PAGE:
Recorded in the wilds of western Texas at the Experimental Studio in Marfa, Chimeric Sound Horn is Mazurek digging deep into the dark side of electronics, using modular synths and samplers to mutate his piccolo trumpet and voice, breathing life into music that dances before your eyes. Most of the tracks are short, almost brutal slices of sound. With the exception of the opening cut “Arrival From a Distance,” the rest of the tracks are under four minutes, with half being under two. The album flows well together, shifting through an array of bright colors and thick textures that play across one’s tongue as it echoes through the ears. This album will give anyone synesthesia, if only for forty-one minutes.

Chimeric Sound Horn is an extension of an art exhibit at URDLA in France featuring Mazurek’s three-dimensional lithograph cutups. Interestingly, Morten Schneider’s liner notes name check Mark Rothko and Morton Feldman as influences upon Mazurek’s art and music. It’s a fun game to see if you can hear their looming presence. There are cassette players in the exhibit with copies of Chimeric Sound Horn waiting to be played. I wonder what it’s like to be assaulted by this music while wearing 3-D glasses and looking at Mazurek’s cutups?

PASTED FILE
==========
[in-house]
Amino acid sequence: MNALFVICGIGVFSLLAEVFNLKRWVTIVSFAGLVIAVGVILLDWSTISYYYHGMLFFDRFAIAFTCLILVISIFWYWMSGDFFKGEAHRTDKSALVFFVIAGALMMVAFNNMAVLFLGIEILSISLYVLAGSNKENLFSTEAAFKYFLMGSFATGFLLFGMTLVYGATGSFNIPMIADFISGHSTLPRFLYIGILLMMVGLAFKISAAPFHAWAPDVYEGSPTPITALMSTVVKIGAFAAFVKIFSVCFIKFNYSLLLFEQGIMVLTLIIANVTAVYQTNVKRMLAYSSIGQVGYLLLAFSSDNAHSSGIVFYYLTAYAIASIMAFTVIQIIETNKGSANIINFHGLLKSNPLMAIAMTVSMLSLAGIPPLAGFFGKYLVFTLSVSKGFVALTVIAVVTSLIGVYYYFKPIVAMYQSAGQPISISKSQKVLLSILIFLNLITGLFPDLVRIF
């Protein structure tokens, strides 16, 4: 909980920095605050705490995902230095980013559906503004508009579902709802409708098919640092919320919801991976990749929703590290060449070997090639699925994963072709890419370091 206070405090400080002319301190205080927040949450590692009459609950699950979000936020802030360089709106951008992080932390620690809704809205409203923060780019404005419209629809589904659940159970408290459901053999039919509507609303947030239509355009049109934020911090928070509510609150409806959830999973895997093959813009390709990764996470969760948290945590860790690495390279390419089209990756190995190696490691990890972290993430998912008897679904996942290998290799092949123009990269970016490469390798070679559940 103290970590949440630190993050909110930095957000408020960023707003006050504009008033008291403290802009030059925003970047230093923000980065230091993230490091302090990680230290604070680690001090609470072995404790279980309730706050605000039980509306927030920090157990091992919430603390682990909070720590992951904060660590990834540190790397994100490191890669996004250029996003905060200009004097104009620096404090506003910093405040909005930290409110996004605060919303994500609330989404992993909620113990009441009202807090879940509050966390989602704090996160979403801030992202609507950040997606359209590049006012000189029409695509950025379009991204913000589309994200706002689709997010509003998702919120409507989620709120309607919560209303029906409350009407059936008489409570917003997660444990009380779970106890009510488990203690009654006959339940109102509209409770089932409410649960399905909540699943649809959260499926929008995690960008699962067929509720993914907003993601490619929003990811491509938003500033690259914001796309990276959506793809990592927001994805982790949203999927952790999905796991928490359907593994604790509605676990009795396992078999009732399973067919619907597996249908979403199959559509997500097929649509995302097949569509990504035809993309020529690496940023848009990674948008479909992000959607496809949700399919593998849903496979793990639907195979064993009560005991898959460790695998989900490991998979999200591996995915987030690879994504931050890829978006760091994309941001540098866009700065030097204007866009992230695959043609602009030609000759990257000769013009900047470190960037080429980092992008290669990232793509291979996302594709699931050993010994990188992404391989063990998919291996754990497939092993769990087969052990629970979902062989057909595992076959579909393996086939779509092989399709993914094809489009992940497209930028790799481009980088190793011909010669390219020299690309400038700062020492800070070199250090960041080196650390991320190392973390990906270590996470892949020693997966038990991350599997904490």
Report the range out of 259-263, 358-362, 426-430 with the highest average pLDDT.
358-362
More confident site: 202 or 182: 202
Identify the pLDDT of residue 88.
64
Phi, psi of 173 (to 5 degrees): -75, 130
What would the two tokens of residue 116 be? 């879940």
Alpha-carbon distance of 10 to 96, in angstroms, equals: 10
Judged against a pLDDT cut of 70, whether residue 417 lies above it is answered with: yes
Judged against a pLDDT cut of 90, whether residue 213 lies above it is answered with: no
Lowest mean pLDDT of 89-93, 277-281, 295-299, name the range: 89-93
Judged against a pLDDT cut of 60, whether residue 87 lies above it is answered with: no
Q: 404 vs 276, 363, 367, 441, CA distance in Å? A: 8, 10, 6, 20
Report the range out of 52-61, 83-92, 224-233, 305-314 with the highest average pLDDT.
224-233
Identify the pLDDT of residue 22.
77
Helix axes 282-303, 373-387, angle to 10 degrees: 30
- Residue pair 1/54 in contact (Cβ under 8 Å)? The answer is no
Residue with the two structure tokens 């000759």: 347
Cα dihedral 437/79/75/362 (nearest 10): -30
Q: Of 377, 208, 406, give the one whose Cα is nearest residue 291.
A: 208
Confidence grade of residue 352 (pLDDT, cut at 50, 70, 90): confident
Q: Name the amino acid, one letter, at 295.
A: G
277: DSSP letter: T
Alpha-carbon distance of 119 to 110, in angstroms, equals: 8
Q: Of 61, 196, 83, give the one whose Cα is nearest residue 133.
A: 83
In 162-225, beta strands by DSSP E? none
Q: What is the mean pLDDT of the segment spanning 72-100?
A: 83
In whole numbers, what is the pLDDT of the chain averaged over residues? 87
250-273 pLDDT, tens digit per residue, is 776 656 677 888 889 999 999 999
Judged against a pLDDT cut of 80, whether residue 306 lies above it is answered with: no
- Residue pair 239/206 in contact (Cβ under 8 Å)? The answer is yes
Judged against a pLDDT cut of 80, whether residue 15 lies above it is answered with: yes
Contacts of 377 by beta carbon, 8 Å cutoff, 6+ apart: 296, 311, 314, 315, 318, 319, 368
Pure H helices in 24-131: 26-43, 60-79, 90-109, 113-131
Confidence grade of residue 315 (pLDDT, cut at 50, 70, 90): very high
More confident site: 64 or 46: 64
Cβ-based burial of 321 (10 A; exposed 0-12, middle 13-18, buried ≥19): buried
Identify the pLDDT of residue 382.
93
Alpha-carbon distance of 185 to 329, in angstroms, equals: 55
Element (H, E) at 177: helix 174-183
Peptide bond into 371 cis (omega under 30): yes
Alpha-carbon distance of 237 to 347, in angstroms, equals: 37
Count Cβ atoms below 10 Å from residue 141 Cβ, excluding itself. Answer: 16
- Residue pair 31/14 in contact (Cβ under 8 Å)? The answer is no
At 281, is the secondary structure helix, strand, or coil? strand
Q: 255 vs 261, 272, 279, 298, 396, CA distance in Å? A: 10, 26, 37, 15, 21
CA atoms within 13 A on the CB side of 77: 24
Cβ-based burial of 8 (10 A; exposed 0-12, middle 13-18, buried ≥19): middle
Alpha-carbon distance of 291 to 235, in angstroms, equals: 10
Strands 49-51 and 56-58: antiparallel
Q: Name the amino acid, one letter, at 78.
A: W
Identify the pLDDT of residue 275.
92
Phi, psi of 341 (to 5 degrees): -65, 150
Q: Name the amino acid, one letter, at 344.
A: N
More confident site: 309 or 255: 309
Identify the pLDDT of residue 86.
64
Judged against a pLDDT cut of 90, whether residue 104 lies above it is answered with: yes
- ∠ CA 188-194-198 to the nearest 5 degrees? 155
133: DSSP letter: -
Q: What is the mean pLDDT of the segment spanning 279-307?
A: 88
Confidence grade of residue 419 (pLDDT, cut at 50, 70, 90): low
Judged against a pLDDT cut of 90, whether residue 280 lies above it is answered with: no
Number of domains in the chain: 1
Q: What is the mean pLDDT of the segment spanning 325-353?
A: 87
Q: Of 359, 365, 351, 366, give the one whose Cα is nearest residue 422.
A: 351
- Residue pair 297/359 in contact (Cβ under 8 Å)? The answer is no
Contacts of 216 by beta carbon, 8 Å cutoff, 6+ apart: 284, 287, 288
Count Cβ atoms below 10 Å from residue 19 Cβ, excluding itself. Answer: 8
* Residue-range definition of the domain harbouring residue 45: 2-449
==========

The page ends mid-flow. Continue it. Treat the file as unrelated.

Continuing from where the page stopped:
Taken as a pair, Rome and Chimeric Sound Horn represent two of the many sides of Rob Mazurek, one of the more creative people working in sound and visual art. Both albums are worth repeated listening.

Another great album that Mazurek released this year is Blind Curves and Box Canyons, a series of duets with the equally creative Thollem McDonas, also recorded in Marfa. Revisit Philip Coombs’s review from June here.


Colin Green said...

Good reviews. As you say, one of the most interesting, and productive, people working today.

Connor said...

Nice reviews, Mazurek's recent output has been strong. I think that Chants and Corners (also on Clean Feed, earlier this year) is the strongest, though :)

MJG said...

and let's not forget, at the other end of the scale, the recent large ensemble recording Wrecks by the Third Coast Ensemble on Rogue Art. More stimulating Mazurek music on that one too

FreeJazz Jeff said...

An eloquent review drawing both of Mazurek's passions (obsessions?) into parallel focus.

It feels peculiar of me to sound off as the traditionalist here... but I often feel
that Mazurek is at his best away from electronica.

His acoustic cornet tone - as indicated in the double review - has become more and more refined and
(to these ears) perfected, so that it has achieved a certain purity.
He has utilized electronics subtly in the past to great effect (Chicago Underground Duo mostly) but has been
prone to a rather oppressive multi-layering of electronics within the last half-decade or so.

As a true experimentalist and artist, Rob Mazurek is worth discussing....
Feel free to jump in.

As a side note, Rob is also an interesting guy to converse with. When I professed amazement at his
work ethic and prolific output in Guelph over a year ago, he explained that "...if I ever stopped and stood still,
I'd be in trouble."